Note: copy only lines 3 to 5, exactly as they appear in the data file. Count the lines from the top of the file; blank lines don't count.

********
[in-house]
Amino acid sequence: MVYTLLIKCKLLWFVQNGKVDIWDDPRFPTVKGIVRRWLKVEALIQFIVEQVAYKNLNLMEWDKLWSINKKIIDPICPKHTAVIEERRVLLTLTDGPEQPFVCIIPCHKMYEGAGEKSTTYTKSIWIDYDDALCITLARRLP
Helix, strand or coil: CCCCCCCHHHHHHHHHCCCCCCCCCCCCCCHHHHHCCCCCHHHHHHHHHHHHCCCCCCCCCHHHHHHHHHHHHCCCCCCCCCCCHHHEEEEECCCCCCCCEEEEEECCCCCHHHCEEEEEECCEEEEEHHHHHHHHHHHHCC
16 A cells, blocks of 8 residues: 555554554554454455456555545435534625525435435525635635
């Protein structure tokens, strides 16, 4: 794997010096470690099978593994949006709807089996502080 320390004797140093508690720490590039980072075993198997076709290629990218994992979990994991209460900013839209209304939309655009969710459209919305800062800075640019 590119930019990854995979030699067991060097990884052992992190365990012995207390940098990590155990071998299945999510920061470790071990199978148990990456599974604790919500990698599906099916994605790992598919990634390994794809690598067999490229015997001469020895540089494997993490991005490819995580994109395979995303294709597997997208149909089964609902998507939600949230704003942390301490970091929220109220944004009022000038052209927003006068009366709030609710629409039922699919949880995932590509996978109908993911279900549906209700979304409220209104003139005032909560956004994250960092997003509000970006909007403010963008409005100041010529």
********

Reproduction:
Helix, strand or coil: CCCCCCCHHHHHHHHHCCCCCCCCCCCCCCHHHHHCCCCCHHHHHHHHHHHHCCCCCCCCCHHHHHHHHHHHHCCCCCCCCCCCHHHEEEEECCCCCCCCEEEEEECCCCCHHHCEEEEEECCEEEEEHHHHHHHHHHHHCC
16 A cells, blocks of 8 residues: 555554554554454455456555545435534625525435435525635635
């Protein structure tokens, strides 16, 4: 794997010096470690099978593994949006709807089996502080 320390004797140093508690720490590039980072075993198997076709290629990218994992979990994991209460900013839209209304939309655009969710459209919305800062800075640019 590119930019990854995979030699067991060097990884052992992190365990012995207390940098990590155990071998299945999510920061470790071990199978148990990456599974604790919500990698599906099916994605790992598919990634390994794809690598067999490229015997001469020895540089494997993490991005490819995580994109395979995303294709597997997208149909089964609902998507939600949230704003942390301490970091929220109220944004009022000038052209927003006068009366709030609710629409039922699919949880995932590509996978109908993911279900549906209700979304409220209104003139005032909560956004994250960092997003509000970006909007403010963008409005100041010529």